When the recent monkey pox (mpox) outbreak first began in the United States in May 2022, public health officials suggested that childhood smallpox vaccination might confer some cross-protection.

It remained unclear, however, if that was adequate. “Although persons aged >50 years likely received a childhood smallpox vaccination, they might have more comorbidities and a higher risk for severe mpox compared with those aged ≤50 years. Information about waning cross-protective immunity and how this might affect risk for severe mpox is limited,” according to a recent article in the Morbidity & Mortality Weekly Report.

The researchers from the CDC analyzed mpox cases among 29,984 adults, finding that those aged 50 years and older had a higher prevalence of immunocompromising conditions and HIV but a lower prevalence of symptoms than those aged younger than 50 years.

“Among 1,020 adults aged >50 years with vaccination data, prevalences of pruritus, constitutional symptoms, and hospitalization were lower among those who received Jynneos vaccine than among those who had not,” the authors point out.

The authors advised that “all adults at risk for mpox should receive Jynneos vaccine, irrespective of childhood smallpox vaccination status.”

From May 2022 to May 2023, approximately 30,000 mpox cases were reported in the U.S., predominantly among young adult men. In fact, slightly less than 10% were aged 50 years or older, and most of those were cisgender men.

The report noted that adults aged older than 50 years were likely to have received a childhood smallpox vaccination, which was given routinely to children in the U.S. prior to being discontinued in 1971. It added that the childhood smallpox vaccination has been shown to provide partial protection against mpox—both in preventing monkeypox virus infection and severe mpox—in previous studies.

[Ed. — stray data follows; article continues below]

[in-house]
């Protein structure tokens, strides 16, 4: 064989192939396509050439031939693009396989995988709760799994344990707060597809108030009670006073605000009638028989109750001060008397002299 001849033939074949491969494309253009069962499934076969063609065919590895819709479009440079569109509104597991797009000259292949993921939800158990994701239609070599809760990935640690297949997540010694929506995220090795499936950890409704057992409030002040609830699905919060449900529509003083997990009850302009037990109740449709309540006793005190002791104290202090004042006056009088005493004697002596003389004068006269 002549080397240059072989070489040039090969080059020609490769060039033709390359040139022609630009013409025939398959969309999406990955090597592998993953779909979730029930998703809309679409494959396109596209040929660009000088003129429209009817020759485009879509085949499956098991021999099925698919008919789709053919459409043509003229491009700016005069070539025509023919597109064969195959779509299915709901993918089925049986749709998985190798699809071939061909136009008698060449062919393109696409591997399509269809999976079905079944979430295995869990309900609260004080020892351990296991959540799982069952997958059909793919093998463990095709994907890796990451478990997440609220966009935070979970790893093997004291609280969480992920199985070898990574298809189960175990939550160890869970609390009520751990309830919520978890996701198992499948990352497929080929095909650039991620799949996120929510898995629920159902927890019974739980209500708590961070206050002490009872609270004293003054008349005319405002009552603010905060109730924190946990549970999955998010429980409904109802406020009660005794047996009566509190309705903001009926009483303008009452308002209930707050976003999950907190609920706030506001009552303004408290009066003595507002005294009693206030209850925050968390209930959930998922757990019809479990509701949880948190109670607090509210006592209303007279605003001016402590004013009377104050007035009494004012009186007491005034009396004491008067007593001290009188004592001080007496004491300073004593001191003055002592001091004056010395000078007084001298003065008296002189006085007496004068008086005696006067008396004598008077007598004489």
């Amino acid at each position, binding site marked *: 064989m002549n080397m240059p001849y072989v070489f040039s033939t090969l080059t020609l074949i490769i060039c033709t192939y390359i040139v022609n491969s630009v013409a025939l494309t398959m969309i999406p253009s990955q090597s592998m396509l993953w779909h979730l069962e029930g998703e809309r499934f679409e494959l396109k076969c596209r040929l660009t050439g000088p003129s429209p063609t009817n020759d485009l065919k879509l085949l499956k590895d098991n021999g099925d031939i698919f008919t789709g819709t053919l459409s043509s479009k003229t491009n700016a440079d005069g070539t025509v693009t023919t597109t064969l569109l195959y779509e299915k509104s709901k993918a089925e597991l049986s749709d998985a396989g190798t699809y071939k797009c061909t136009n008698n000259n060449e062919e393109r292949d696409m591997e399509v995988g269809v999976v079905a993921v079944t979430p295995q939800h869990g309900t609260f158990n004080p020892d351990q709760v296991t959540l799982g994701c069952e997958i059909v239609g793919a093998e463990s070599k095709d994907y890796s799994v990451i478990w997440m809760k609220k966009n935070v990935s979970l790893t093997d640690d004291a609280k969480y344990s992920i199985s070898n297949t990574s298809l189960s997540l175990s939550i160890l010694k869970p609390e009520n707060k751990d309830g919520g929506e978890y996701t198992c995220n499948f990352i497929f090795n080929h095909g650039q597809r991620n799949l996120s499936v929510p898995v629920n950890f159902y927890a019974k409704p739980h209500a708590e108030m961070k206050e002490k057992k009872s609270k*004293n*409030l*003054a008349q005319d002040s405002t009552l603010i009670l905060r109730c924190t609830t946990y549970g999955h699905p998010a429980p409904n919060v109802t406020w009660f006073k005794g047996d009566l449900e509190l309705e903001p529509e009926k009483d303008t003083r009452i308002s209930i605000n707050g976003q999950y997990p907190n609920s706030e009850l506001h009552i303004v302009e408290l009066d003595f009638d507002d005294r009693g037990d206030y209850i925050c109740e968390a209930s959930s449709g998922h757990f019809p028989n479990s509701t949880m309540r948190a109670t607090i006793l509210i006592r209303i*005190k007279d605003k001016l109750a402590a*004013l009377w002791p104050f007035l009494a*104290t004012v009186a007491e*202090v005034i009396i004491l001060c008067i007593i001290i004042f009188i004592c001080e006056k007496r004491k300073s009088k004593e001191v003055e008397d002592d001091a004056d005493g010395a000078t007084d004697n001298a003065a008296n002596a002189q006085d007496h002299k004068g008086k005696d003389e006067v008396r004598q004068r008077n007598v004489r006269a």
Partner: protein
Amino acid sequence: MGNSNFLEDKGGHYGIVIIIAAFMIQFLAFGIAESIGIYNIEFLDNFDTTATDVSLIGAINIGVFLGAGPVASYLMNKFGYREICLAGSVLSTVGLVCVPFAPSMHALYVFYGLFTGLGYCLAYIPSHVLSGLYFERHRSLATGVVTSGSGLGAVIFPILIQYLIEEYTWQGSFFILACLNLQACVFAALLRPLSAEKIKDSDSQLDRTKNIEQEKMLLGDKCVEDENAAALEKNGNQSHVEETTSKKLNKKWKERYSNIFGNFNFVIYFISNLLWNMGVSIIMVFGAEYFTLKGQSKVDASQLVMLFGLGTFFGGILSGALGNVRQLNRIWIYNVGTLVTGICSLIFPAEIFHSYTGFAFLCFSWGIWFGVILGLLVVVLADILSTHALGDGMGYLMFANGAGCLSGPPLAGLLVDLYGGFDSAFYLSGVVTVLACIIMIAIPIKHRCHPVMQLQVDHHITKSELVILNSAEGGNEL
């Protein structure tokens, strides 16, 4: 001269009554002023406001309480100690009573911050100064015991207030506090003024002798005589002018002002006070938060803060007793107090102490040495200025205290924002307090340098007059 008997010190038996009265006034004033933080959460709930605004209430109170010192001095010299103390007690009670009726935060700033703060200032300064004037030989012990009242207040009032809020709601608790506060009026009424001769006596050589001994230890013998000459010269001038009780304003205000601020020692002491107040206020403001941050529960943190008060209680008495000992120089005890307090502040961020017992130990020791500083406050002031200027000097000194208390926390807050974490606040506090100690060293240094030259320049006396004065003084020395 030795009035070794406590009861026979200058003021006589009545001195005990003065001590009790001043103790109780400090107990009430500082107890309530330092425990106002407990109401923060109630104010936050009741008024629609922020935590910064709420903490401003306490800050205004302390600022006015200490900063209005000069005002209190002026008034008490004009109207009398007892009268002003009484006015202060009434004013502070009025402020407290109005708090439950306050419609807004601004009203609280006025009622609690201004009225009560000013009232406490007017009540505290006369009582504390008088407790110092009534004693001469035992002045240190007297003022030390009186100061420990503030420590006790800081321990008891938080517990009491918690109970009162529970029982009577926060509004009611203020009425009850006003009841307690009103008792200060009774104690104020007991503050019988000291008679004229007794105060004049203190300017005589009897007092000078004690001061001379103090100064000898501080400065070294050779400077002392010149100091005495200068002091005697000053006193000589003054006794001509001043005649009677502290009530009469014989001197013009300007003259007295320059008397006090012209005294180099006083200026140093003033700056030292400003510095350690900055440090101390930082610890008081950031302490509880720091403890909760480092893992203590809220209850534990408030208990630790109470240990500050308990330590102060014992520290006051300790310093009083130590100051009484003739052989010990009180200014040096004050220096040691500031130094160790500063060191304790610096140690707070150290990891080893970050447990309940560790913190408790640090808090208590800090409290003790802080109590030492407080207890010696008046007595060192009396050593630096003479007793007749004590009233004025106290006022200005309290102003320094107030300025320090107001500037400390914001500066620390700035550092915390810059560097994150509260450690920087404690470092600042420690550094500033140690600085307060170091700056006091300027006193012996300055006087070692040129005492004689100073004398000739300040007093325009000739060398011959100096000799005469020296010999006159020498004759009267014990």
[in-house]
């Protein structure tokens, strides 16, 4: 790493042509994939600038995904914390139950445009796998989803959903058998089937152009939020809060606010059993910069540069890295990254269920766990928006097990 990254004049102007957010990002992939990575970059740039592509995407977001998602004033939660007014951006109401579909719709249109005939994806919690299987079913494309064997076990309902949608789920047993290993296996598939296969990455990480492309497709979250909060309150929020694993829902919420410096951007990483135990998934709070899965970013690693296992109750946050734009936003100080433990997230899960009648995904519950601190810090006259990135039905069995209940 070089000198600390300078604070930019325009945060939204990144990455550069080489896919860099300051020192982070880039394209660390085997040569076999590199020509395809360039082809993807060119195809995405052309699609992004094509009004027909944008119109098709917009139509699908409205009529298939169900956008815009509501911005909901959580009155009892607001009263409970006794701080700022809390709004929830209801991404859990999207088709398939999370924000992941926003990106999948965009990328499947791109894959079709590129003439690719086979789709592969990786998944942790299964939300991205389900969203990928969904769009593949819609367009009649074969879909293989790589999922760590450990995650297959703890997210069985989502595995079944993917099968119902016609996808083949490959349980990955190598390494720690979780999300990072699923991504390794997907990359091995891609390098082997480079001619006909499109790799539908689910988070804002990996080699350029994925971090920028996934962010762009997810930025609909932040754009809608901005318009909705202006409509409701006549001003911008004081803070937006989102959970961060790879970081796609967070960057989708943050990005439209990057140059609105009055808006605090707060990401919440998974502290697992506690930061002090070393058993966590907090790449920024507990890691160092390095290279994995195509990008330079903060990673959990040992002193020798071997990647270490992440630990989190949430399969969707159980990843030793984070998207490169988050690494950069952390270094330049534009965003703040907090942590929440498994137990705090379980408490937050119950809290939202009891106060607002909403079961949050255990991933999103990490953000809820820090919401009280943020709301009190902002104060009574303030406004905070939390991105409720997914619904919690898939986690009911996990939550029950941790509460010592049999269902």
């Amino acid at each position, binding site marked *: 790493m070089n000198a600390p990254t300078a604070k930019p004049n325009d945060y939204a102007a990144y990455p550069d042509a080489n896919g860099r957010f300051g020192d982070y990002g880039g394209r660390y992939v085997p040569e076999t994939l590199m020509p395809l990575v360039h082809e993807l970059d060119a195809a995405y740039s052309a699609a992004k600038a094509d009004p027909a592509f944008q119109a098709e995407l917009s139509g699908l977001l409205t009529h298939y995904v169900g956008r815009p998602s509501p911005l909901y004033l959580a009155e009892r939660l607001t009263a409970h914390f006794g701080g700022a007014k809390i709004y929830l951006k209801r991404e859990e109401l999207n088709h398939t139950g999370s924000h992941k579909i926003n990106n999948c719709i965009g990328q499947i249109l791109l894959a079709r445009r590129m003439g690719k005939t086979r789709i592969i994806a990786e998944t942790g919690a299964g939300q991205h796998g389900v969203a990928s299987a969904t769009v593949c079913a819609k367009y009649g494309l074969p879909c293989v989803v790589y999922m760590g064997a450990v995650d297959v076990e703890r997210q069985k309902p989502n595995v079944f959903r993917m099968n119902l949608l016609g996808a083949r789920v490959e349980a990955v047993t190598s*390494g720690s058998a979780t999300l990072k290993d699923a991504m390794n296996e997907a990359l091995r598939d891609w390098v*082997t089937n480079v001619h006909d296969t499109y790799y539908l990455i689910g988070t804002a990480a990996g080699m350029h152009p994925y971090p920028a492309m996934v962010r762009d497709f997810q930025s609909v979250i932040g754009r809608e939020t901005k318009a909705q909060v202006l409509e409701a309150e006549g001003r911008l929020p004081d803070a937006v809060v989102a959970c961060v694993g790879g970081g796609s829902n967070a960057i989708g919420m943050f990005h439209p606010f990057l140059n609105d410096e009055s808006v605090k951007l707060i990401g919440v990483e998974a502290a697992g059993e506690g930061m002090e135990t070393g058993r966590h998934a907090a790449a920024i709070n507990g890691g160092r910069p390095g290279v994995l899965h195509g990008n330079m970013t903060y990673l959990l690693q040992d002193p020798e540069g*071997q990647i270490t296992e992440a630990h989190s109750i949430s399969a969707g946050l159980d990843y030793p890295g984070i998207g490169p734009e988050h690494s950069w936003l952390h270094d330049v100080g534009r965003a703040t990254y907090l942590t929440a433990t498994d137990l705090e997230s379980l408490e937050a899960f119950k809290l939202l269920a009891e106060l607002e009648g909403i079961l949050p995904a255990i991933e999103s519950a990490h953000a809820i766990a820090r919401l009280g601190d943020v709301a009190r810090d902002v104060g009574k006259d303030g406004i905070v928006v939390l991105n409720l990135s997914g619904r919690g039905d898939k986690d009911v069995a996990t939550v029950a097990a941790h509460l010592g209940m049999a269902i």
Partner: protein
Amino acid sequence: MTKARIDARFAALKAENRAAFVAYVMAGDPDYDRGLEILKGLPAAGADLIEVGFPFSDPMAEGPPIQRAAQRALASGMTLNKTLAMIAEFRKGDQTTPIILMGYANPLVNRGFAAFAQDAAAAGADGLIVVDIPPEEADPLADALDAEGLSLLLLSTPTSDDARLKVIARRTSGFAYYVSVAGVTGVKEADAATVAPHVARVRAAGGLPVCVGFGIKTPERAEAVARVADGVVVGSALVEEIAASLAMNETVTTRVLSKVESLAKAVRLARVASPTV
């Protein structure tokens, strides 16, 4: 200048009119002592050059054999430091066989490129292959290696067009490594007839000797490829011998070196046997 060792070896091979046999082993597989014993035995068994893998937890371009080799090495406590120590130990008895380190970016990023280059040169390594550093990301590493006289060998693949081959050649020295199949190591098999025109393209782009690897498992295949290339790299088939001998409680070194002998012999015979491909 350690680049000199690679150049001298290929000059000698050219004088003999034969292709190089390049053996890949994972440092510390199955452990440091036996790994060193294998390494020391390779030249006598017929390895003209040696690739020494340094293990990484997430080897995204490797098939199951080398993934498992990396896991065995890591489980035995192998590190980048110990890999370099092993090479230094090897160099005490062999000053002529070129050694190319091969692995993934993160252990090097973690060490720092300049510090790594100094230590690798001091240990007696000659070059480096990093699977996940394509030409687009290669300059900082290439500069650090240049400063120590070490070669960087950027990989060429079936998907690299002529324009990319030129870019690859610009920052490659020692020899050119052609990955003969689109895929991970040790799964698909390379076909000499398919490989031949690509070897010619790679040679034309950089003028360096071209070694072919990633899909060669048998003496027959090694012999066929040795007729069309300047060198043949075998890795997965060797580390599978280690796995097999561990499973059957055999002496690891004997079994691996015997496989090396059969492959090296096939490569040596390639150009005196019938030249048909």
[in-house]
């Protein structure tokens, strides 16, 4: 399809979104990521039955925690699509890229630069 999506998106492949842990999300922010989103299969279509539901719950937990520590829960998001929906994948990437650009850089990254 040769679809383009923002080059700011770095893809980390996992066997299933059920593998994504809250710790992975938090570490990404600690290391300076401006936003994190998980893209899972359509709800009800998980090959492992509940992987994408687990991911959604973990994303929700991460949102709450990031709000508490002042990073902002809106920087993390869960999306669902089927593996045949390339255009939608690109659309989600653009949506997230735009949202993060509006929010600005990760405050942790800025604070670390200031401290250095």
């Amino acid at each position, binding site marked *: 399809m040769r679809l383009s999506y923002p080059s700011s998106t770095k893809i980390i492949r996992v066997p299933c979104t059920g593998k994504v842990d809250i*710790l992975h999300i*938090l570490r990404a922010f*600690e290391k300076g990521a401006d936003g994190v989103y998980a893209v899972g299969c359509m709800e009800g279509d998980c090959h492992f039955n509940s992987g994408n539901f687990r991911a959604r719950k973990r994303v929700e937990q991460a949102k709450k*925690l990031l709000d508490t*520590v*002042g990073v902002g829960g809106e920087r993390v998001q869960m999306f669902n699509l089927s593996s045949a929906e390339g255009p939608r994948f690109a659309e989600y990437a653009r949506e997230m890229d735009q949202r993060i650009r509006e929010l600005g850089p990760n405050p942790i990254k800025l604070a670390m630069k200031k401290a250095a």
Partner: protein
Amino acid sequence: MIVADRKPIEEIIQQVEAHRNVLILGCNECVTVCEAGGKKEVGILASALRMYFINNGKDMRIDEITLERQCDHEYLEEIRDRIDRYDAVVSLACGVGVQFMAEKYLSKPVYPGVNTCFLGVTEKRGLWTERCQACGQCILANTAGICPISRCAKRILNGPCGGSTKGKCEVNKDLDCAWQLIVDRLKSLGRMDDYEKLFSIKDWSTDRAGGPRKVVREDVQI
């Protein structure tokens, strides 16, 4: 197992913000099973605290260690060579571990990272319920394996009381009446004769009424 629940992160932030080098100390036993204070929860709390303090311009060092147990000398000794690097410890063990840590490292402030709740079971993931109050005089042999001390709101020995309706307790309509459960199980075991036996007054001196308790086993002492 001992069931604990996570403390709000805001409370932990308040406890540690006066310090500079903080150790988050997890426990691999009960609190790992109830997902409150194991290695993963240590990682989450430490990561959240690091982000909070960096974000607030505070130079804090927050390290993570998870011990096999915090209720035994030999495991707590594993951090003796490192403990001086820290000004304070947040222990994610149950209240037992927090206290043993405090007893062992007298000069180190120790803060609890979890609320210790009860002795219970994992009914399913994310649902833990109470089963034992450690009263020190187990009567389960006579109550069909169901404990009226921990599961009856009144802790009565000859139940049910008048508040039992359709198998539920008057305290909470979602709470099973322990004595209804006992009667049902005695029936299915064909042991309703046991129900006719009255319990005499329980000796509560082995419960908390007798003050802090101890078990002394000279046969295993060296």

The study found, however, that immunocompromising conditions were more prevalent overall among adults aged older than 50 years (15.0%) than among those aged 18 to 50 years (11.1%), as was receipt of Jynneos vaccine (27.6% and 21.3%, respectively). “Examination of symptoms and outcomes among adults with mpox who had not received Jynneos vaccine found lower prevalences of gastrointestinal (rectal or abdominal) and constitutional symptoms among those aged >50 years (37.3% and 85.0%, respectively) than among those aged 18–50 years (50.3% and 91.2%, respectively); the prevalences of hospitalization and death were comparable between the two age groups.”

The researchers concluded that mpox might affect multiple organ systems so patients with comorbidities, including HIV and immunocompromising conditions, which are more prevalent among older adults, might be at increased risk for more severe mpox disease. They advised that most deaths and hospitalizations among adults with mpox in the U.S. during the recent outbreak occurred in persons with immunocompromising conditions.

“Although childhood smallpox vaccination might confer some protection against monkeypox virus infection and might mitigate mpox disease severity, it is likely that receiving the currently recommended Jynneos vaccine provided additional protection,” the authors emphasized, adding, “This finding underscores the importance that persons at risk for mpox, particularly adults aged >50 years, receive currently recommended Jynneos,” pointing out that the immunity might have waned.

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